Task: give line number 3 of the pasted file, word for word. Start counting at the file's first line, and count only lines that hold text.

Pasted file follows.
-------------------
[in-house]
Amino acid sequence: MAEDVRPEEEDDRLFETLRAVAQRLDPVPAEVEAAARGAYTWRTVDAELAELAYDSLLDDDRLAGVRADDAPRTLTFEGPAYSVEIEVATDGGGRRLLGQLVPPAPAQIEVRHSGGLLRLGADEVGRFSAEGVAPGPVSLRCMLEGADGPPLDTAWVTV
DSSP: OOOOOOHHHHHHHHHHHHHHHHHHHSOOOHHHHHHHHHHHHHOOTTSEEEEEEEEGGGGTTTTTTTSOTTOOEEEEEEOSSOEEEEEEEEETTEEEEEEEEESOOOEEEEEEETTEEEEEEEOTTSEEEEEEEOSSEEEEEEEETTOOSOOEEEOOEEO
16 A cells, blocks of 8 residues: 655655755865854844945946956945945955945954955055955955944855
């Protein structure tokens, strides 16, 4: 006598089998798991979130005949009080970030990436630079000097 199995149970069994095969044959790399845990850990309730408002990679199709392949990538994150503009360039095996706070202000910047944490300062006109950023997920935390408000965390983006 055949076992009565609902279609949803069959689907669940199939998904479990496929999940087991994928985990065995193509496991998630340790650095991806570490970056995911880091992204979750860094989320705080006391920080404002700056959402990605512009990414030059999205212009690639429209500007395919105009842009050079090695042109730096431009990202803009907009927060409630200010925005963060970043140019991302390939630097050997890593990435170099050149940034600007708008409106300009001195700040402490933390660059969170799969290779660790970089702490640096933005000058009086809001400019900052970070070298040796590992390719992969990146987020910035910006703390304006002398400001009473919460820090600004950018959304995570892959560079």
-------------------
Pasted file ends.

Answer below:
DSSP: OOOOOOHHHHHHHHHHHHHHHHHHHSOOOHHHHHHHHHHHHHOOTTSEEEEEEEEGGGGTTTTTTTSOTTOOEEEEEEOSSOEEEEEEEEETTEEEEEEEEESOOOEEEEEEETTEEEEEEEOTTSEEEEEEEOSSEEEEEEEETTOOSOOEEEOOEEO